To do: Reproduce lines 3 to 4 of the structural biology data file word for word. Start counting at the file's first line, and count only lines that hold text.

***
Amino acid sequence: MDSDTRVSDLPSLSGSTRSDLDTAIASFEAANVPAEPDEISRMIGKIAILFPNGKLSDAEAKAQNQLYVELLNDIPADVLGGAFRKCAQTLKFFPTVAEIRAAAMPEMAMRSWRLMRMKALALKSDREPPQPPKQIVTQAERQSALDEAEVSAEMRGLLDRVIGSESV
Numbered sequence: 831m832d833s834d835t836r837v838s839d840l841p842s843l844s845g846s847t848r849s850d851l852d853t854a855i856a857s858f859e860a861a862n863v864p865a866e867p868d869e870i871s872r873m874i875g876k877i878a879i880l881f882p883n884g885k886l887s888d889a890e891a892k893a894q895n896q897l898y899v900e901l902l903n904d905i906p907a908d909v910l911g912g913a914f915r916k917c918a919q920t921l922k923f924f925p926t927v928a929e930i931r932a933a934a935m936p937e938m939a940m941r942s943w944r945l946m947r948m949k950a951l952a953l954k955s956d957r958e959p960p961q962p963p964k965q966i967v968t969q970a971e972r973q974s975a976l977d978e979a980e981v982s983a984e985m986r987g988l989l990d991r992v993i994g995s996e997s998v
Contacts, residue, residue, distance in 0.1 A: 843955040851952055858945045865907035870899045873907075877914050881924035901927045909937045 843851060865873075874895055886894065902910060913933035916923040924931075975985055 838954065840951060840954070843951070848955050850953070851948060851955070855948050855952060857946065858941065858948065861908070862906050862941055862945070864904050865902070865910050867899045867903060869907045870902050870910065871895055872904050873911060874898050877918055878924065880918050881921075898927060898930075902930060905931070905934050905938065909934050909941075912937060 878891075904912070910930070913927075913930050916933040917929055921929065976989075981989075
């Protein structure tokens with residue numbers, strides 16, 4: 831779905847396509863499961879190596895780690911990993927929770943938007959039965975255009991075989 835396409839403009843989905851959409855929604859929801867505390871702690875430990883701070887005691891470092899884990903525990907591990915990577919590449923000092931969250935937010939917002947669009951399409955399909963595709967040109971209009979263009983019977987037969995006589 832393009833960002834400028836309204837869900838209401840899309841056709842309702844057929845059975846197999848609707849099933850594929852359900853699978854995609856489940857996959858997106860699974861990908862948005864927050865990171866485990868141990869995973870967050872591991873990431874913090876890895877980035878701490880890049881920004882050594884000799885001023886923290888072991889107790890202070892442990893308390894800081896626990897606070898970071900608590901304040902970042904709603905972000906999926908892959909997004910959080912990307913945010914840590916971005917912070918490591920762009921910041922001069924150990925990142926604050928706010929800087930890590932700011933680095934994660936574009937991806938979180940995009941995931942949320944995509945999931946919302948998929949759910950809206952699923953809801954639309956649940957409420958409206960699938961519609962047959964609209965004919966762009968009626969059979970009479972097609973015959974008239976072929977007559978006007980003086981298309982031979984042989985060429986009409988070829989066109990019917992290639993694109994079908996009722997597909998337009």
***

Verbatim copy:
Contacts, residue, residue, distance in 0.1 A: 843955040851952055858945045865907035870899045873907075877914050881924035901927045909937045 843851060865873075874895055886894065902910060913933035916923040924931075975985055 838954065840951060840954070843951070848955050850953070851948060851955070855948050855952060857946065858941065858948065861908070862906050862941055862945070864904050865902070865910050867899045867903060869907045870902050870910065871895055872904050873911060874898050877918055878924065880918050881921075898927060898930075902930060905931070905934050905938065909934050909941075912937060 878891075904912070910930070913927075913930050916933040917929055921929065976989075981989075
């Protein structure tokens with residue numbers, strides 16, 4: 831779905847396509863499961879190596895780690911990993927929770943938007959039965975255009991075989 835396409839403009843989905851959409855929604859929801867505390871702690875430990883701070887005691891470092899884990903525990907591990915990577919590449923000092931969250935937010939917002947669009951399409955399909963595709967040109971209009979263009983019977987037969995006589 832393009833960002834400028836309204837869900838209401840899309841056709842309702844057929845059975846197999848609707849099933850594929852359900853699978854995609856489940857996959858997106860699974861990908862948005864927050865990171866485990868141990869995973870967050872591991873990431874913090876890895877980035878701490880890049881920004882050594884000799885001023886923290888072991889107790890202070892442990893308390894800081896626990897606070898970071900608590901304040902970042904709603905972000906999926908892959909997004910959080912990307913945010914840590916971005917912070918490591920762009921910041922001069924150990925990142926604050928706010929800087930890590932700011933680095934994660936574009937991806938979180940995009941995931942949320944995509945999931946919302948998929949759910950809206952699923953809801954639309956649940957409420958409206960699938961519609962047959964609209965004919966762009968009626969059979970009479972097609973015959974008239976072929977007559978006007980003086981298309982031979984042989985060429986009409988070829989066109990019917992290639993694109994079908996009722997597909998337009």